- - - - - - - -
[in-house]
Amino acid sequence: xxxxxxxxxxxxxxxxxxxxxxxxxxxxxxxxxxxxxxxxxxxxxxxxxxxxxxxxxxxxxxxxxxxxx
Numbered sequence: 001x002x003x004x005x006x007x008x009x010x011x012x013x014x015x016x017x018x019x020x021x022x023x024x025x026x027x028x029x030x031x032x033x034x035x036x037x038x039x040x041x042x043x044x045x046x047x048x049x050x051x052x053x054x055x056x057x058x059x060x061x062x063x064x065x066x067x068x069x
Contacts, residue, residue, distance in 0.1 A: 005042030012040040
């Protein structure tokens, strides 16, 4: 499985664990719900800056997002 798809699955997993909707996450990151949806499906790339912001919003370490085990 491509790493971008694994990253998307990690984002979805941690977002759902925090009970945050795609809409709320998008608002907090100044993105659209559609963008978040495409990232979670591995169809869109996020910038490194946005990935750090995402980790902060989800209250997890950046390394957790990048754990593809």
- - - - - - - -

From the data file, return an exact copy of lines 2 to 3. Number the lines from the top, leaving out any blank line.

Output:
Amino acid sequence: xxxxxxxxxxxxxxxxxxxxxxxxxxxxxxxxxxxxxxxxxxxxxxxxxxxxxxxxxxxxxxxxxxxxx
Numbered sequence: 001x002x003x004x005x006x007x008x009x010x011x012x013x014x015x016x017x018x019x020x021x022x023x024x025x026x027x028x029x030x031x032x033x034x035x036x037x038x039x040x041x042x043x044x045x046x047x048x049x050x051x052x053x054x055x056x057x058x059x060x061x062x063x064x065x066x067x068x069x